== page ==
Eggs in the Bag

Eggs in the Bag
I think the Girl Scouts started this one. At least they are aware of it somehow. I’ve done it on several boat trips and I’ve been asked to post it here. I learned about it years ago from some sailing article. It is kinda neat.

This is cooking your scrambled eggs in a Ziploc bag that you put in boiling water. Try this at home first. It works really well on the boat.

Put whatever you like in your omelets in the Ziploc then break two eggs into the bag. Squeeze the air out and zip it closed. Now scramble the eggs in the bag from the outside. Put the bags in the boiling water for 13 minutes. Take it out and open the bag and a beautiful omelet will roll right out.

If you have a big crowd you can write their names on the bags, and set up a buffet of bacon, ham, sausage, onion, green peppers, mushrooms, cheese, and whatever else you might like in an omelet. Have them put whatever they like in their bags, then drop the eggs in at breakfast time.
What’s nice about this on the boat is that there is no cleanup. You end up with a pot of clean hot water, which you can now use to wash up anything else from breakfast.

3 comments

  • Galen

    Cool. No dirty pan to clean and I suspect you could use ocean water and save your fresh water.

  • If you did not know, fresh eggs can be stored for several months without refrigeration. Very handy for cruisers with limited refer storage.
    We stacked 12 dozen for an Atlantic crossing with 5 people aboard. After purchase, hand apply Vaseline to the eggs, put back in the carton and into a storage cabinet. Use as needed. The egg shells are sealed and are naturally stored. I only recall one bad egg on the trip. Must have missed a spot with the vasaline .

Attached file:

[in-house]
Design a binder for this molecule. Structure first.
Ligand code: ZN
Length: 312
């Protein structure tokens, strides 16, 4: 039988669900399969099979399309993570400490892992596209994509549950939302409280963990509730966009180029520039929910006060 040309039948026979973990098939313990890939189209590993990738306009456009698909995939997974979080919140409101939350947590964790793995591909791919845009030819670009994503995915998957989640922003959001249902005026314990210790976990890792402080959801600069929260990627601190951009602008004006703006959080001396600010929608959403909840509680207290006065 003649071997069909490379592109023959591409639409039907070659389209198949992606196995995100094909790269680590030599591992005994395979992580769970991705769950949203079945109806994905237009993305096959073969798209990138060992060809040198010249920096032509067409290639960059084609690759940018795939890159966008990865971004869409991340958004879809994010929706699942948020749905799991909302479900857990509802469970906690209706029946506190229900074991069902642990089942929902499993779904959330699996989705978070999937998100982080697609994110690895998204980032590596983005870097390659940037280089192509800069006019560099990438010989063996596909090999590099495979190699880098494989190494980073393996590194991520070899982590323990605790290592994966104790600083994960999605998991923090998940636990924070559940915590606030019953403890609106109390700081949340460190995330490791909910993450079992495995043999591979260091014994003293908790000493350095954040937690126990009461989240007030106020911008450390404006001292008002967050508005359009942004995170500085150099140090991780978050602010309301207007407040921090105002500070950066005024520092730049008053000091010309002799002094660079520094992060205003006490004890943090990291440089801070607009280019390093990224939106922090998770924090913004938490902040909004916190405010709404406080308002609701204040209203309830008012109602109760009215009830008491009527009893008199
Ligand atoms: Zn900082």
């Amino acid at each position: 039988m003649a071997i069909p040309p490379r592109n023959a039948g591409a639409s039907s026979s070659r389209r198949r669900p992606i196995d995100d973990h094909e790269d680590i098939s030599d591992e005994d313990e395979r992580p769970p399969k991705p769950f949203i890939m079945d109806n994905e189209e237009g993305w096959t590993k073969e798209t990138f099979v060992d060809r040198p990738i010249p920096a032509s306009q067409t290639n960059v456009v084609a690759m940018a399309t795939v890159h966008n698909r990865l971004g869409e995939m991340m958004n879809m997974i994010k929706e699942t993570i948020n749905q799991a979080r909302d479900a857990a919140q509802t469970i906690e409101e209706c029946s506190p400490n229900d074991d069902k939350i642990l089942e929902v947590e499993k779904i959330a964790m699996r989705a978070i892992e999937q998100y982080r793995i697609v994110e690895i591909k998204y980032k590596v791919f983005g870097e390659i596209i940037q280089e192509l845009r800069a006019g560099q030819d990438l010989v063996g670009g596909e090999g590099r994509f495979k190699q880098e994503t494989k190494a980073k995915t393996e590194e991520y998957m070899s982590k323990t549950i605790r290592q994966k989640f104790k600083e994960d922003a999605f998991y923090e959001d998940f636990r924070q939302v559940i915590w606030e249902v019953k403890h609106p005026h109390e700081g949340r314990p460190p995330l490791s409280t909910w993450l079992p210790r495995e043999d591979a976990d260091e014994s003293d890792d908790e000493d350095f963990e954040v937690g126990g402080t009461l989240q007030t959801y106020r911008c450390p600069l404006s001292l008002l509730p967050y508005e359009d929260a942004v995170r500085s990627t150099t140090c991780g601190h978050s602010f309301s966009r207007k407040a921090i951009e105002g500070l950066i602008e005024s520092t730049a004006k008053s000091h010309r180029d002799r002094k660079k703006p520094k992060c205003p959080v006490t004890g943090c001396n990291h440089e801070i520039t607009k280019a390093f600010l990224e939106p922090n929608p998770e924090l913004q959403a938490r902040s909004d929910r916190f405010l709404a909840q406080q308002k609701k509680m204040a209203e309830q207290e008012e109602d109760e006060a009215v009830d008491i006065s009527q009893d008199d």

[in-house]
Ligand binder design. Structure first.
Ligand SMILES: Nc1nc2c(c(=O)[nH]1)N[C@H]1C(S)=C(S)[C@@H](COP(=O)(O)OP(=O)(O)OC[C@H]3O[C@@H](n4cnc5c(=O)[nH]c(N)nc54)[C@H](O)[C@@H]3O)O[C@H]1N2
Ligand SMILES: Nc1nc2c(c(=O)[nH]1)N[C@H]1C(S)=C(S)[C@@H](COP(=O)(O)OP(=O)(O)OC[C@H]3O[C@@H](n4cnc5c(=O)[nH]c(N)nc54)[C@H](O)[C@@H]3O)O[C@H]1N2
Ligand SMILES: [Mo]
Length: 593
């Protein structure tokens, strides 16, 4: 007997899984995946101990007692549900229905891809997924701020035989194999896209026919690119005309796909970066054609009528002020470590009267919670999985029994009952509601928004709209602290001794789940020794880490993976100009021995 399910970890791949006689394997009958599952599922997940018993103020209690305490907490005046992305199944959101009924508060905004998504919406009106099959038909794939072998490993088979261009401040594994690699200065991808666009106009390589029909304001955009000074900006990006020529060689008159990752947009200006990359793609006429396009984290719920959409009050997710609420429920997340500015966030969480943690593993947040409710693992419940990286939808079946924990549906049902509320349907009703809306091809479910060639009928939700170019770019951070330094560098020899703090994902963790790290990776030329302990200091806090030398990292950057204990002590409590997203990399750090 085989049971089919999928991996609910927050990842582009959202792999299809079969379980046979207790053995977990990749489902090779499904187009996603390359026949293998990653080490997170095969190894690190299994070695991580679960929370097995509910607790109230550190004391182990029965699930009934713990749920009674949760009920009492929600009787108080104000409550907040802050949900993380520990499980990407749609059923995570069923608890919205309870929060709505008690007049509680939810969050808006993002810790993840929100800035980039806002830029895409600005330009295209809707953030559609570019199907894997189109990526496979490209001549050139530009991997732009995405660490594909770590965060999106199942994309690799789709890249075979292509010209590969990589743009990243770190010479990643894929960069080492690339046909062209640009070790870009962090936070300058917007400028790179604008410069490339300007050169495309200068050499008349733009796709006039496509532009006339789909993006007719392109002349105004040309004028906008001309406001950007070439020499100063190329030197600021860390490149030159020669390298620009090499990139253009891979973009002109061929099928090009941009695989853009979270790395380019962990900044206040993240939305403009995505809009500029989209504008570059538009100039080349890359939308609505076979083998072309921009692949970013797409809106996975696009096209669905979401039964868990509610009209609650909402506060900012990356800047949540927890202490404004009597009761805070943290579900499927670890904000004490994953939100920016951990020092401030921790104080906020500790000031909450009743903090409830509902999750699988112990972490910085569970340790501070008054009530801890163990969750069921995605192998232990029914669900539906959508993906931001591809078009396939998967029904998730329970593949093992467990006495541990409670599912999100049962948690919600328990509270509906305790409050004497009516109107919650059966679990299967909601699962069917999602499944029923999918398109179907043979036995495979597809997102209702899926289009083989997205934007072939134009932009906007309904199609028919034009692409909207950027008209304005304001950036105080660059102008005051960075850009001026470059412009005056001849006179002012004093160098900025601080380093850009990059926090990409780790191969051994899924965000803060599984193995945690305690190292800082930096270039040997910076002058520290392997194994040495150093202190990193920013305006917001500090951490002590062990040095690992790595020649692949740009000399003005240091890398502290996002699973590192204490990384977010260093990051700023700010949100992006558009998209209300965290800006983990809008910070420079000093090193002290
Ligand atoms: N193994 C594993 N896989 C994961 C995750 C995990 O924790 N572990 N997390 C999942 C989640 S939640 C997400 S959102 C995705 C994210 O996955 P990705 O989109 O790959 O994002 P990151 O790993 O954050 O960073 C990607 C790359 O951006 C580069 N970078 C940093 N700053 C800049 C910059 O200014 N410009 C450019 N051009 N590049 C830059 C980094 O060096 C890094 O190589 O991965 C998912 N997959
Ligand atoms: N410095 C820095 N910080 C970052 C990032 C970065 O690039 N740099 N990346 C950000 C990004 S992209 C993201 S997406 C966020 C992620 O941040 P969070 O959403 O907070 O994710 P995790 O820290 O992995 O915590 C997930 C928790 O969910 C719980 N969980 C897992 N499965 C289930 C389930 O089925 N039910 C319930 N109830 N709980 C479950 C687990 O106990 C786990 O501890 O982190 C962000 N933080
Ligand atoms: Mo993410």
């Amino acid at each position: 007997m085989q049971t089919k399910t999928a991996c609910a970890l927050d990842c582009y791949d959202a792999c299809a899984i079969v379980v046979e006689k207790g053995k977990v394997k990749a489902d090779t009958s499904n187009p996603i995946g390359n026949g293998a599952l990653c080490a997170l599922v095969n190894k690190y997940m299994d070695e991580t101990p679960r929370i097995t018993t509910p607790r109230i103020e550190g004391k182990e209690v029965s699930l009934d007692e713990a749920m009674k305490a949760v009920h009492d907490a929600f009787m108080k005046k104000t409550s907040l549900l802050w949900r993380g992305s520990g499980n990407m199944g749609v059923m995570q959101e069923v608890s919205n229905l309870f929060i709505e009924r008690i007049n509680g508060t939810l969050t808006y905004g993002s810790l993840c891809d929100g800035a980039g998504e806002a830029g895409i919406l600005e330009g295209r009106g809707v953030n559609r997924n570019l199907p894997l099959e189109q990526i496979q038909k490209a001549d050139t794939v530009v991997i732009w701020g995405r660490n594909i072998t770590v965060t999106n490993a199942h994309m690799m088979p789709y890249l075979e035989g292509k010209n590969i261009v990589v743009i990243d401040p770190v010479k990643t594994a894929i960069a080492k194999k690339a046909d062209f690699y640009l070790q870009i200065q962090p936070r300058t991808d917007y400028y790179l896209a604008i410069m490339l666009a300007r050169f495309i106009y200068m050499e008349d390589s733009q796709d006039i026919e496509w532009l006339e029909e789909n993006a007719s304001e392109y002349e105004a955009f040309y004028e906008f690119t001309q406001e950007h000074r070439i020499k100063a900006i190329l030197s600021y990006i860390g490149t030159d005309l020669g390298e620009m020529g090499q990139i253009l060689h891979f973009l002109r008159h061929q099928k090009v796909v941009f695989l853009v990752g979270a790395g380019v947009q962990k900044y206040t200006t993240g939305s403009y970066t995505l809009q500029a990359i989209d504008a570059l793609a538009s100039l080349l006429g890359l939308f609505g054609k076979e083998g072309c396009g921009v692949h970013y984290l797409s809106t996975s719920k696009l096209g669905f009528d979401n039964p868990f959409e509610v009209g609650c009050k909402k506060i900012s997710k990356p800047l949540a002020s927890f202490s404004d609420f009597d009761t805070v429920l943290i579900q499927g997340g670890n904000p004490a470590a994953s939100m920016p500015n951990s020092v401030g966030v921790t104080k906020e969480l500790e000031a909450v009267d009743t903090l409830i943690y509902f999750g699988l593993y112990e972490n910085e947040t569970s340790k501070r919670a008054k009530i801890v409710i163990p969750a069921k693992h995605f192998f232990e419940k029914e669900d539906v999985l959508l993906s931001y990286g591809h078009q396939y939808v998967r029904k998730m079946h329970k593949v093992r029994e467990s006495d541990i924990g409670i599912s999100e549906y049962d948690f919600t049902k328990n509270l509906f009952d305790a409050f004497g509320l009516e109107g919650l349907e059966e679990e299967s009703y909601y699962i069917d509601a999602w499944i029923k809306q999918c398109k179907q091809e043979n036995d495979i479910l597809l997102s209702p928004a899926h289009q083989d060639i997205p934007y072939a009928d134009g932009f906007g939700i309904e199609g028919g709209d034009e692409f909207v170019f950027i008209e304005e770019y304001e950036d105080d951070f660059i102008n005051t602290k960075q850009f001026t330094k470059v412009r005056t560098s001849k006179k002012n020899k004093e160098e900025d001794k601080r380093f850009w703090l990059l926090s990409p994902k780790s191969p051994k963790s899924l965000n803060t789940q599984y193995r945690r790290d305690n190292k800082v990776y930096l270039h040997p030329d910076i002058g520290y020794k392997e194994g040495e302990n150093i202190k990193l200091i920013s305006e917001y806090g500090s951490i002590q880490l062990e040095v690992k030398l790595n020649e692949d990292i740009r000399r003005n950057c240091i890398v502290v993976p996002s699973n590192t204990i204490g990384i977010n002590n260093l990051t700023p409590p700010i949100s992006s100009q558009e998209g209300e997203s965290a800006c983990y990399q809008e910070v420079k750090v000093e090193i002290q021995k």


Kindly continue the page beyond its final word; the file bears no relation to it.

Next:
• A less messy method is to simply rotate the carton of eggs about every three days. Just flip them over. I have never needed to store eggs for several Months and my guess is that you were out no more than 20-30 days at sea. I know the rotating method works for at least a month, or a month and a half. I have never sailed anywhere where you couldn’t buy farm fresh eggs so I would not need to store them for any longer than my next stop. I could see the need for longer storage if I was going across the Indian Ocean perhaps.

      What you do need to have is egg cartons. Most third world countries you might sail to do not supply these, so you need something to keep and to transport you eggs.

      I might write something up about what all you do not need to refrigerate. For instance, we do not refrigerate mayonnaise.

      Bill

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